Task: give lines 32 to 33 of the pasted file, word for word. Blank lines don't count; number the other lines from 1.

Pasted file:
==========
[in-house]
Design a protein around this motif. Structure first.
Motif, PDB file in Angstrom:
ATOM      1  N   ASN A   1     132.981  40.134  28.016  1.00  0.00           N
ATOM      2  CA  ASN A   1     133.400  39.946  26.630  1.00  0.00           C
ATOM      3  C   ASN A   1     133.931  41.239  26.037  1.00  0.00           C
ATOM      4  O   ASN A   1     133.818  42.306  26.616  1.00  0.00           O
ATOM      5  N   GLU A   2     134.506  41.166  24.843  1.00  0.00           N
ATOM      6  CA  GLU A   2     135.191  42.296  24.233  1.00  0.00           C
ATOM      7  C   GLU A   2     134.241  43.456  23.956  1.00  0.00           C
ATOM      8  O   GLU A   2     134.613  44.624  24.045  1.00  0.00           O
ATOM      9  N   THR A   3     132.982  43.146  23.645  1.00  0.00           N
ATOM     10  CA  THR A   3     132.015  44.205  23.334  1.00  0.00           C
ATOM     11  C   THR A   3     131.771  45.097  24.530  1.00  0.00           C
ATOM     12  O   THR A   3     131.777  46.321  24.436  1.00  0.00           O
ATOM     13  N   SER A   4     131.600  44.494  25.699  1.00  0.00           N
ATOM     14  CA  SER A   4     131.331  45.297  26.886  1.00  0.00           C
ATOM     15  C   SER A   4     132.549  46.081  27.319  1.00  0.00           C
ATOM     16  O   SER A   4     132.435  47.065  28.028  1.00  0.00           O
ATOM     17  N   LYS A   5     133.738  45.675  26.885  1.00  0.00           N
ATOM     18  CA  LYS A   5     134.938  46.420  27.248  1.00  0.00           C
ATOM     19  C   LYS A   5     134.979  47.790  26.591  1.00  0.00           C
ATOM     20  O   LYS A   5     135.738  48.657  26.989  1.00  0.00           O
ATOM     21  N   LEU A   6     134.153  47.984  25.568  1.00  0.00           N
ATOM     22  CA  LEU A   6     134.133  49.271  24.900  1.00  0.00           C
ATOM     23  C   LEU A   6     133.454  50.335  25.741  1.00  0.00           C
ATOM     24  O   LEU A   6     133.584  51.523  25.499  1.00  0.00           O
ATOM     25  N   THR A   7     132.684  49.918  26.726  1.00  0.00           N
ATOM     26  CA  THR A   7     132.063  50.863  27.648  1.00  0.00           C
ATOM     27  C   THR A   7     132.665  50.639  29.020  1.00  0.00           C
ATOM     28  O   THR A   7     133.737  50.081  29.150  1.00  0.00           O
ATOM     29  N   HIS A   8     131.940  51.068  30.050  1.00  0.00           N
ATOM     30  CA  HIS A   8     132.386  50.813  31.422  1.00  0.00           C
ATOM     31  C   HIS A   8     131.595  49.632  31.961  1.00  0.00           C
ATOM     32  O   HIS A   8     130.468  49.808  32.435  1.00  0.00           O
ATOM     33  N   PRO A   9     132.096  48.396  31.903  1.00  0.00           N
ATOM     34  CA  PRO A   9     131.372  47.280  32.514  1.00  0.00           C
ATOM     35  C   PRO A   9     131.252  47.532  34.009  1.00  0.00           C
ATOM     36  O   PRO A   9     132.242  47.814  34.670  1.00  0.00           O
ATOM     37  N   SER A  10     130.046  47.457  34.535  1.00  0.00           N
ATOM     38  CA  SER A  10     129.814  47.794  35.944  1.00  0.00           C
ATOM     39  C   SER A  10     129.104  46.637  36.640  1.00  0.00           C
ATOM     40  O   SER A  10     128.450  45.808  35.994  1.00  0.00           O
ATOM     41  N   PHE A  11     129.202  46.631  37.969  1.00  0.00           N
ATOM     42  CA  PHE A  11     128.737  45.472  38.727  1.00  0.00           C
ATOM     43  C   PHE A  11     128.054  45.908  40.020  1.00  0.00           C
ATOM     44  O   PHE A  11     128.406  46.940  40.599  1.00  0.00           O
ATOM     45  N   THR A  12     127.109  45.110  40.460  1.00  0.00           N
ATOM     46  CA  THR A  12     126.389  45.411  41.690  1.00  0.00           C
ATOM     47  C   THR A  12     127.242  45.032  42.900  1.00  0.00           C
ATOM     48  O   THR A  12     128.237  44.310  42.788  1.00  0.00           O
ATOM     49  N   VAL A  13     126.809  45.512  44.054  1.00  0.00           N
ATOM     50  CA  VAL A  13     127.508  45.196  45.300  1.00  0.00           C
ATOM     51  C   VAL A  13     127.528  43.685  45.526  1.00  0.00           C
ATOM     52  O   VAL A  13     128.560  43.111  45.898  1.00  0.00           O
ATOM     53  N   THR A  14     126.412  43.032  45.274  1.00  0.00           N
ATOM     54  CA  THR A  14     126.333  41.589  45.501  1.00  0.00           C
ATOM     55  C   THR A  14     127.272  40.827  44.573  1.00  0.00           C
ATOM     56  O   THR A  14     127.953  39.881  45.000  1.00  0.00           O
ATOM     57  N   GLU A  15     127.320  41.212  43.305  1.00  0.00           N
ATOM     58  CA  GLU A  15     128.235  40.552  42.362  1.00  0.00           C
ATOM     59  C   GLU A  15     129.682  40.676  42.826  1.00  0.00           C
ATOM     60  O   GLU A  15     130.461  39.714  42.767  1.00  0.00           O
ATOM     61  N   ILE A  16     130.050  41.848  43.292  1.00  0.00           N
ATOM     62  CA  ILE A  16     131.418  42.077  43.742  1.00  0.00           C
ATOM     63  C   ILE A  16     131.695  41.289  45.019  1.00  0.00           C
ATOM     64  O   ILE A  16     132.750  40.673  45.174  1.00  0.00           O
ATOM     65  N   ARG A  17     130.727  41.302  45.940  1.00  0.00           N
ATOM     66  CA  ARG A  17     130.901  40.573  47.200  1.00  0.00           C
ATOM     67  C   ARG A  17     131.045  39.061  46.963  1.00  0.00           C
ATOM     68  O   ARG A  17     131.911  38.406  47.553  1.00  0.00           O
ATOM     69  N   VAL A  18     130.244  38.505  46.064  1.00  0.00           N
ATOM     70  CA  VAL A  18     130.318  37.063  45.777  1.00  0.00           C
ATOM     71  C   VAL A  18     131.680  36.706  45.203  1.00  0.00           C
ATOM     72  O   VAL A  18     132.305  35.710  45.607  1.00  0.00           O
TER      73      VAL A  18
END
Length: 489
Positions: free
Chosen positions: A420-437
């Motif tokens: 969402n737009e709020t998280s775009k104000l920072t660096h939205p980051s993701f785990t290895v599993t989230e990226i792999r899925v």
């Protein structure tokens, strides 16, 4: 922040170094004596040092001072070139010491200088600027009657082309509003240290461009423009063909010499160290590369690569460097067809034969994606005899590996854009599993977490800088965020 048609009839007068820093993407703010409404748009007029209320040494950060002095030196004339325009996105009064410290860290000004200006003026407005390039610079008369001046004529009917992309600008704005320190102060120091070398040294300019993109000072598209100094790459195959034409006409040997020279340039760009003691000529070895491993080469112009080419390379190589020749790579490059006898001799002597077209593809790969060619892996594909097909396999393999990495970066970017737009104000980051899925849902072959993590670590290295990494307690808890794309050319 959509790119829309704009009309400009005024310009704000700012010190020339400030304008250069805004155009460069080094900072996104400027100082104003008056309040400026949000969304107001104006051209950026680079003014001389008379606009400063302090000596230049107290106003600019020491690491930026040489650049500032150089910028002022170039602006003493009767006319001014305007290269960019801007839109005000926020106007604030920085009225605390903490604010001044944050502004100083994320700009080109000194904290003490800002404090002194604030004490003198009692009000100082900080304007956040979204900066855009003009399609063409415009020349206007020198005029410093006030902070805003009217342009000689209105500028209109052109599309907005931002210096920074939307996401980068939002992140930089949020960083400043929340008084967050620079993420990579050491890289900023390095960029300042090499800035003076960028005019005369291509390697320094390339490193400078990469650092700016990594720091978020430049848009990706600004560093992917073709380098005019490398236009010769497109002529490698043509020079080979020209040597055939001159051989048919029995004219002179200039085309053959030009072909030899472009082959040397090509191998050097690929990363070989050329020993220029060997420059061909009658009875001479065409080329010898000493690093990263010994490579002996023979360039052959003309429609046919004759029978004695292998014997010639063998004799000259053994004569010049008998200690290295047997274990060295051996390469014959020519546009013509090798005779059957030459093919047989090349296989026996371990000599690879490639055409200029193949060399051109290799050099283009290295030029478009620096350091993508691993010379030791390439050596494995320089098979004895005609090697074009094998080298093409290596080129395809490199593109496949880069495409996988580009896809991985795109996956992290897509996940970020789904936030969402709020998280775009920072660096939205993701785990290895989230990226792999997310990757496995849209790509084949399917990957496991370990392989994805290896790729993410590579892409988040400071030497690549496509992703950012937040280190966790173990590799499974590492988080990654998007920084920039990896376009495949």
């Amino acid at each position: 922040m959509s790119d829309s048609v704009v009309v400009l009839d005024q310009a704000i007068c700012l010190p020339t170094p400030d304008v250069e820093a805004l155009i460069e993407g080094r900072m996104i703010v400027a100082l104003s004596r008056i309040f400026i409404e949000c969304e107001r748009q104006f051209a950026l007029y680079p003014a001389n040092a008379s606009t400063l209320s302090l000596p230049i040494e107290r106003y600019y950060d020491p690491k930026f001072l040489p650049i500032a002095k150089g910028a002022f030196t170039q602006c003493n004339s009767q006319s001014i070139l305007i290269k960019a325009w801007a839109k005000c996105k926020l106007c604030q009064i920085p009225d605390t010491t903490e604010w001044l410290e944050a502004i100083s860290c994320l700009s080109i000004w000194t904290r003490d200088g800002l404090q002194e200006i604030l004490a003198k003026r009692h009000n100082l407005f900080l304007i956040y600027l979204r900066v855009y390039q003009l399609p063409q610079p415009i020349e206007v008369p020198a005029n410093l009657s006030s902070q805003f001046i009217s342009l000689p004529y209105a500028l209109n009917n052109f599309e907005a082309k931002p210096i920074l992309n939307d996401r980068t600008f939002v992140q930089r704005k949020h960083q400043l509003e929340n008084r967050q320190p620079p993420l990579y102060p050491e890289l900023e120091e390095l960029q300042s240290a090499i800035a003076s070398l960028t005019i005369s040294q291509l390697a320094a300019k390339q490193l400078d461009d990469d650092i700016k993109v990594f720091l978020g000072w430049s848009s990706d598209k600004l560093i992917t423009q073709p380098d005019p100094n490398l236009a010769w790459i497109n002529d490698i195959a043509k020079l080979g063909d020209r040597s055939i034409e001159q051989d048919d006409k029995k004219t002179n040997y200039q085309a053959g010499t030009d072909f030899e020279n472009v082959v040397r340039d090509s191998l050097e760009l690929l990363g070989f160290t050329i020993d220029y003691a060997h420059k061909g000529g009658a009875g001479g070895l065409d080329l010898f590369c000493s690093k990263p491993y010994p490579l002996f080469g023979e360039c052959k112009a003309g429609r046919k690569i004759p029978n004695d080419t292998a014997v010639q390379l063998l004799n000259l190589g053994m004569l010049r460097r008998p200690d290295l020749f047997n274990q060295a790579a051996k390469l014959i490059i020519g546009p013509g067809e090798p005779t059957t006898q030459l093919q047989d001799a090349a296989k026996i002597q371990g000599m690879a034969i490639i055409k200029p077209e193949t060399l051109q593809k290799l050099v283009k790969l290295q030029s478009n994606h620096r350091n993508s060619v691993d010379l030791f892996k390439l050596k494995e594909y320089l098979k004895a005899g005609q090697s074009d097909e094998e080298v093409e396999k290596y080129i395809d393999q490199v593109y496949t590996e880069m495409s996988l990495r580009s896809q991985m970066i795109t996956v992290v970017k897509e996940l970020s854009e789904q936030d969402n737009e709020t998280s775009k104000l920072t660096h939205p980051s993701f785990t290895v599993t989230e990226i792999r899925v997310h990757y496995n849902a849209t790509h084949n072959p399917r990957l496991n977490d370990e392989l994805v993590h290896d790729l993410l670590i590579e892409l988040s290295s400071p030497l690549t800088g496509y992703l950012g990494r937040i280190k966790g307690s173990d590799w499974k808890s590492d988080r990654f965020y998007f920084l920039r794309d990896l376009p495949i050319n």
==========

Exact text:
ATOM     29  N   HIS A   8     131.940  51.068  30.050  1.00  0.00           N
ATOM     30  CA  HIS A   8     132.386  50.813  31.422  1.00  0.00           C